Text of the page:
A shocking bolt of pain and then you’re free
Where you are the one who decides where you go and when and how,
Free to rampage paved roads and gum-smeared sidewalks.
You don’t stop to sniff predictable markings of bored complacent,
Hurtle straight for the seduction of warm mud and unexplored wonders.
To pause is to risk capture, to be clasped to hard-beating hearts and coos
Of cookie-sweetened breath from treats they will not share with you No matter how good a boy you are, how well you do your tricks, Comply with who and what you are supposed to…
Let’s do that wild thing we used to do all the time,
Going to some place we’d never been, not speaking the language,
But not having to talk to anyone else to be understood
As our traveling adventure selves, quick to delight in this beautiful place
We don’t know and never will, except for the time that we haven’t lived yet.
We will conjure abandoned trash into incredible treasure, Translate losing our way into finding hidden cafe set between columns So wait staff must insinuate themselves between palms and tables In expert, hospitable dance to serve, to smile, to inhabit…
It is easier to love you when you weren’t here.
The clamor and chaos are mine and mine alone.
I don’t know where everything is — or anything specific for that matter —
But I know where to seek and find, give up and find another way.
From a distance, you are easier to love.
Shimmering energy doesn’t invade private pleasures in couch, book, cup.
Crumbs don’t skitter under the bread box for me to swipe away.
Doors are closed, cabinets are straight order, arranged for short person me.
When you’re two-dimensional or your voice beams across distance, I can…
Justine emerged from her blanket cocoon and sniffed the air.
Everything was going to be alright.
It was safe to get up, good to stretch and snug robe around her waist and zigzag down the hall to the kitchen. Later, she’d deal with the aftermath of their too-late night and too-serious fight.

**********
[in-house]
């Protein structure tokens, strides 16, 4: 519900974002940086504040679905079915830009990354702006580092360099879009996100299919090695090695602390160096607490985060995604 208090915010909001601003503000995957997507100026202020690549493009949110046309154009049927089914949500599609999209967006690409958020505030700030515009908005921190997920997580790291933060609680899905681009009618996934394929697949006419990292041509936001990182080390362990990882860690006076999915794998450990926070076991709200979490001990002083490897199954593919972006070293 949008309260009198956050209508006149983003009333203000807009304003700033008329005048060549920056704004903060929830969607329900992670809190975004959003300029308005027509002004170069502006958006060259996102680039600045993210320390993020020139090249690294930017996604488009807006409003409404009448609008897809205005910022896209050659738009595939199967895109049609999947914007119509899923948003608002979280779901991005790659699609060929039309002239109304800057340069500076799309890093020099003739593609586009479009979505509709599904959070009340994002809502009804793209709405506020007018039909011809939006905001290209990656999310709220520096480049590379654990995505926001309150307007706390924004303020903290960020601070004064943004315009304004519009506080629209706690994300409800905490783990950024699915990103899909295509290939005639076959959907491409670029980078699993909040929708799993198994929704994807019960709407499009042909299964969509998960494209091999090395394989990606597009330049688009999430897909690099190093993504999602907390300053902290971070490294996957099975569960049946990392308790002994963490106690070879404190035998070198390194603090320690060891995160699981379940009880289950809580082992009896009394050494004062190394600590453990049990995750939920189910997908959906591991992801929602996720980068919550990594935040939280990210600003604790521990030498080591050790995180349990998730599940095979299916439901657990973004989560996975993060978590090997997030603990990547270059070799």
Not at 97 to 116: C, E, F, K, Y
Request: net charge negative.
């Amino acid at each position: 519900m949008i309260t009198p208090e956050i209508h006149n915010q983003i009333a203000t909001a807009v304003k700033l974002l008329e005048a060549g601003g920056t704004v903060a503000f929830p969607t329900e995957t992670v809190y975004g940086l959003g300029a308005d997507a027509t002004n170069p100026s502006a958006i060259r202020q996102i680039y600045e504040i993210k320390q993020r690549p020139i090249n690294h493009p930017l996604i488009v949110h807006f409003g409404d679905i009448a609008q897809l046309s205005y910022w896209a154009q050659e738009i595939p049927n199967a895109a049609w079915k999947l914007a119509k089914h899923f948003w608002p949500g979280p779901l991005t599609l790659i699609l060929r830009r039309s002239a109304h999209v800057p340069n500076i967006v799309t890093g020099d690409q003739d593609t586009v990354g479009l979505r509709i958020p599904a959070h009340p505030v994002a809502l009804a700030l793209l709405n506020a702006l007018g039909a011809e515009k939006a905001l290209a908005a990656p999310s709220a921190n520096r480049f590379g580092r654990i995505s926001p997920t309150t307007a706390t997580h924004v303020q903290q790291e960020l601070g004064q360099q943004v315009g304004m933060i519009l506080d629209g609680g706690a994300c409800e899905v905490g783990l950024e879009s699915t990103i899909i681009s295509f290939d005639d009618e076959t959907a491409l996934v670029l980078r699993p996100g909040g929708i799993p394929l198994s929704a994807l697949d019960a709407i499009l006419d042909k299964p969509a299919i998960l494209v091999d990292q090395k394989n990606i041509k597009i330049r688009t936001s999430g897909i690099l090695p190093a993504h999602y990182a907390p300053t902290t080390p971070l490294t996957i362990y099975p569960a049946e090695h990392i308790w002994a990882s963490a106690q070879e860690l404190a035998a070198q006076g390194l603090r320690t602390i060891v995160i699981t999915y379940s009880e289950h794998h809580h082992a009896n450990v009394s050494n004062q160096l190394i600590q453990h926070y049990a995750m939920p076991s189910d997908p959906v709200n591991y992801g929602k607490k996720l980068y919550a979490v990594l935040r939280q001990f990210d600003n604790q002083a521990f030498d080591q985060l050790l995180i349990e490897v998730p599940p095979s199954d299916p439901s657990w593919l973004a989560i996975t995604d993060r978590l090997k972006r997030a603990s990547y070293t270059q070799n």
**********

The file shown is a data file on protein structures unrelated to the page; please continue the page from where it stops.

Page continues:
For now, Mike was whistling in the kitchen, conjuring cinnamon toast that would make angels rage and devils sing.
That was something Bishop Gerald would say. He didn’t say much, but when he did, it was worth listening to. Not his sermons. Those were terrible, snore-inducing…
He was one hundred years old when he died.
She was only ninety-eight years old when he died. Everyone said she was remarkable and would be fine when she accepted his being gone.
She was totally healthy, as fun and alive as any of her great grandchildren. Doctors marveled at her old woman self with no wobbles or forgetting things other people thought were important.
Look how well she’s doing, said the pill pushers, putting away their unwanted soothing.
She’ll go on forever said everyone, oblivious to her and her not wanting to go on without him.
Her memories make her who she is, define and shape this day
When she struggles to remember that time and that person,
When everyone was young and no one knew they were fragile.
She rummages through her memories, tattered, softly blurred ones
Interrupted by jagged, horrible jolts of shock that changed everything,
Defined the Before and After that everyone agrees upon, except for her.
She doesn’t want to forget anything, not the horrors and the joys
Of first love, first kiss, first breakup, nothing you’re urged to set free
In the interest of moving on, of learning from your mistakes.
Now that we’re coming out of lockdown, winter, whatever it is we all went through, we can get on with life.
Now things will go right. We’ll buckle down, move on, pick up the pieces, and get going again.
All it will take is this one thing and all will be well. It might be a shot, a move, a marriage, a divorce, but whatever it is, it is huge. It may be hard. …
Writes "A snapshot in time we can all relate to - with a twist." Novelist, marketer, business story teller, new product imaginer…